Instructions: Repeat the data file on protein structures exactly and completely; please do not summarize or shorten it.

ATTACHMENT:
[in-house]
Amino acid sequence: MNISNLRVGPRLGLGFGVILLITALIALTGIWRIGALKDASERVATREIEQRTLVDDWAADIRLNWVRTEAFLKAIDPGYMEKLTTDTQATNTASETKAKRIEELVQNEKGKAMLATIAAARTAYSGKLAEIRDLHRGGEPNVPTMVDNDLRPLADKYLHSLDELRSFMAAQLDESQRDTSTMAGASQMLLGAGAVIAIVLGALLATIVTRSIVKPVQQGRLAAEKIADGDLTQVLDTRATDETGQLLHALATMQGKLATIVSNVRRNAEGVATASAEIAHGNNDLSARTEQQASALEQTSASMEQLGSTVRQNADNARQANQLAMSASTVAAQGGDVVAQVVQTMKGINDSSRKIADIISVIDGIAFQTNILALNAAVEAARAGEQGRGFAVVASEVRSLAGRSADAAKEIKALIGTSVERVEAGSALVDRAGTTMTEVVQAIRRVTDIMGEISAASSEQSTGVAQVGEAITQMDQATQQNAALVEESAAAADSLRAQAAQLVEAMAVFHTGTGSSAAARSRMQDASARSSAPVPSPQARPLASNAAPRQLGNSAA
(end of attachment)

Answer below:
[in-house]
Amino acid sequence: MNISNLRVGPRLGLGFGVILLITALIALTGIWRIGALKDASERVATREIEQRTLVDDWAADIRLNWVRTEAFLKAIDPGYMEKLTTDTQATNTASETKAKRIEELVQNEKGKAMLATIAAARTAYSGKLAEIRDLHRGGEPNVPTMVDNDLRPLADKYLHSLDELRSFMAAQLDESQRDTSTMAGASQMLLGAGAVIAIVLGALLATIVTRSIVKPVQQGRLAAEKIADGDLTQVLDTRATDETGQLLHALATMQGKLATIVSNVRRNAEGVATASAEIAHGNNDLSARTEQQASALEQTSASMEQLGSTVRQNADNARQANQLAMSASTVAAQGGDVVAQVVQTMKGINDSSRKIADIISVIDGIAFQTNILALNAAVEAARAGEQGRGFAVVASEVRSLAGRSADAAKEIKALIGTSVERVEAGSALVDRAGTTMTEVVQAIRRVTDIMGEISAASSEQSTGVAQVGEAITQMDQATQQNAALVEESAAAADSLRAQAAQLVEAMAVFHTGTGSSAAARSRMQDASARSSAPVPSPQARPLASNAAPRQLGNSAA